A friend and neighbor is in desperate need of a new house to rent or a long/short term house-sitting job. He's in his early 30's, very responsible and has a wonderful middle aged dog who is well trained, clean and not destructive. If anyone has any ideas for him, please contact him (Terry Fischer) directly at . He prefers to stay in or as close to the city as possible. Thanks.


Parking Space Wanted
Richard Gervase,

Who knew how foolish I'd feel driving around in circles after having made the decision to buy a townhouse without a parking space not far from Dupont Circle (“oh, it won't be that bad,” the buyers uttered, egged on by an eager broker, “we'll just park in the neighborhood”)? Well, after three years, we've given up. Any info on a parking space for rent in the vicinity of T to U Streets and 16th/17th Streets would be much appreciated. Please call 884-0210 or send an e-mail to . Thanks!



William B. Menczer, William.Menczer@FTA.DOT.GOV

Schwinn Sidewinder all terrain bicycle, men's 18 speed, 19" frame, excellent condition, $150 or best offer. Call 202-332-5663 evenings or e-mail anytime.


Dave Nuttycombe,

From's LOOSE LIPS column, appearing this Friday:
IT'S WAR! Ward 7 Councilmember Kevin Chavous began his April 15 hearing on the University of the District of Columbia (UDC) with a nasty look on his face. Seated before him was mayoral Chief of Staff Abdusalam Omer, an emissary entrusted with defending Mayor Anthony A. Williams' proposal to move the university from its Van Ness enclave to an unspecified site east of the Anacostia River.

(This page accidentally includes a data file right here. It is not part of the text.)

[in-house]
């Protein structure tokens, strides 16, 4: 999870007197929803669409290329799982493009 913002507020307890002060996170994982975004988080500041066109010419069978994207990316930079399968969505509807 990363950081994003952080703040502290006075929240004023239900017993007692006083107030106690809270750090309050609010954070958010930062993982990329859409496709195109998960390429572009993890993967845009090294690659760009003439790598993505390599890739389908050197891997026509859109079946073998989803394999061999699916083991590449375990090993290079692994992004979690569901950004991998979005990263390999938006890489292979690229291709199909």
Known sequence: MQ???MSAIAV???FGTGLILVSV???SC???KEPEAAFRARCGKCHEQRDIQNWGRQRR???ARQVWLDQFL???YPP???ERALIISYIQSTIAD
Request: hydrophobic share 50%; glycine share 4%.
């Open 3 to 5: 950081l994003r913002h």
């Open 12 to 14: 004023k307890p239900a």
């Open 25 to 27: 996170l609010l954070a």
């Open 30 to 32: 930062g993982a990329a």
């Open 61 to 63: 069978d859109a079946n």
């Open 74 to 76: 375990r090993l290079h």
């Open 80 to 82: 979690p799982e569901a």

From his leather chair atop the council dais, Chavous looked like a king among serfs. He blasted Omer for his boss's failure to honor the royal court, aka the council's Education Committee. “The mayor has testified before various committees based on what is important to him,” said Chavous. “It would be good to hear from him on this.”
When Omer suggested that he would capably represent the mayor on UDC, Chavous snapped like King John: “I don't think it's in your purview to determine whether [your presence] is sufficient for the council.”
Read the entire Loose Lips column this Friday at:

From's CITY LIGHTS page, here are a few early warnings for upcoming events:
Saturday, April 24: National Day of Puppetry, from 10 a.m. to 4 p.m. at Glen Echo Park, 7300 MacArthur Blvd., Glen Echo. Puppet version of “The Wizard of Oz” is $5; other events are free.
Wednesday, April 28: Richard Lederer will sign and discuss “Word Circus,” at 6 p.m. at the Museum of Natural History's Baird Auditorium, 10th & Constitution Ave. NW. $13.
More details and more critics' picks are available online at